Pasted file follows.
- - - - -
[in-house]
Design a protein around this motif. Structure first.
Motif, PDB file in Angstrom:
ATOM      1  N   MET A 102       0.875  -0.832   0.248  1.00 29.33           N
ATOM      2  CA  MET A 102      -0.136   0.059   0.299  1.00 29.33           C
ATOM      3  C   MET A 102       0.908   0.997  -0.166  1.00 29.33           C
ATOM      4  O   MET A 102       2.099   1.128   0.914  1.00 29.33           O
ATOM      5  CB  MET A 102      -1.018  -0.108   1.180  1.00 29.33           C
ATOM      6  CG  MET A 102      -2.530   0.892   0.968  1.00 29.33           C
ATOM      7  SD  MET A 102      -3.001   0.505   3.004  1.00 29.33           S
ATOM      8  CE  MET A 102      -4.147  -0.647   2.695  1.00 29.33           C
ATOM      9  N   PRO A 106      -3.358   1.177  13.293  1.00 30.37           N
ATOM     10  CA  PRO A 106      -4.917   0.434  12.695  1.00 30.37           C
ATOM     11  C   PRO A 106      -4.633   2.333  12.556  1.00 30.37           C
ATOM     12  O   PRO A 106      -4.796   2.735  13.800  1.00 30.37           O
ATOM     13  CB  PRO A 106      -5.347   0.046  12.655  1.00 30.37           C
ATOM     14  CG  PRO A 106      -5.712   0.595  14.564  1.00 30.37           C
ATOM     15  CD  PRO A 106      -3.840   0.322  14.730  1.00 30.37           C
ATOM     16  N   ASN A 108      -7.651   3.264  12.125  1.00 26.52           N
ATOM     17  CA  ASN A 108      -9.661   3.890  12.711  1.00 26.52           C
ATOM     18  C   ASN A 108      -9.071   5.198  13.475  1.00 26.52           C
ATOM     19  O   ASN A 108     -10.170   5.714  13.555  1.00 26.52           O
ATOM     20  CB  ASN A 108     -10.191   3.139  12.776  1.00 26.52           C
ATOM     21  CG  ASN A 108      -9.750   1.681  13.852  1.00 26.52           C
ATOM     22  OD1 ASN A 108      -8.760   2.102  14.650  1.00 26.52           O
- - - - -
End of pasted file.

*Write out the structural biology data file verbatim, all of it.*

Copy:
[in-house]
Design a protein around this motif. Structure first.
Motif, PDB file in Angstrom:
ATOM      1  N   MET A 102       0.875  -0.832   0.248  1.00 29.33           N
ATOM      2  CA  MET A 102      -0.136   0.059   0.299  1.00 29.33           C
ATOM      3  C   MET A 102       0.908   0.997  -0.166  1.00 29.33           C
ATOM      4  O   MET A 102       2.099   1.128   0.914  1.00 29.33           O
ATOM      5  CB  MET A 102      -1.018  -0.108   1.180  1.00 29.33           C
ATOM      6  CG  MET A 102      -2.530   0.892   0.968  1.00 29.33           C
ATOM      7  SD  MET A 102      -3.001   0.505   3.004  1.00 29.33           S
ATOM      8  CE  MET A 102      -4.147  -0.647   2.695  1.00 29.33           C
ATOM      9  N   PRO A 106      -3.358   1.177  13.293  1.00 30.37           N
ATOM     10  CA  PRO A 106      -4.917   0.434  12.695  1.00 30.37           C
ATOM     11  C   PRO A 106      -4.633   2.333  12.556  1.00 30.37           C
ATOM     12  O   PRO A 106      -4.796   2.735  13.800  1.00 30.37           O
ATOM     13  CB  PRO A 106      -5.347   0.046  12.655  1.00 30.37           C
ATOM     14  CG  PRO A 106      -5.712   0.595  14.564  1.00 30.37           C
ATOM     15  CD  PRO A 106      -3.840   0.322  14.730  1.00 30.37           C
ATOM     16  N   ASN A 108      -7.651   3.264  12.125  1.00 26.52           N
ATOM     17  CA  ASN A 108      -9.661   3.890  12.711  1.00 26.52           C
ATOM     18  C   ASN A 108      -9.071   5.198  13.475  1.00 26.52           C
ATOM     19  O   ASN A 108     -10.170   5.714  13.555  1.00 26.52           O
ATOM     20  CB  ASN A 108     -10.191   3.139  12.776  1.00 26.52           C
ATOM     21  CG  ASN A 108      -9.750   1.681  13.852  1.00 26.52           C
ATOM     22  OD1 ASN A 108      -8.760   2.102  14.650  1.00 26.52           O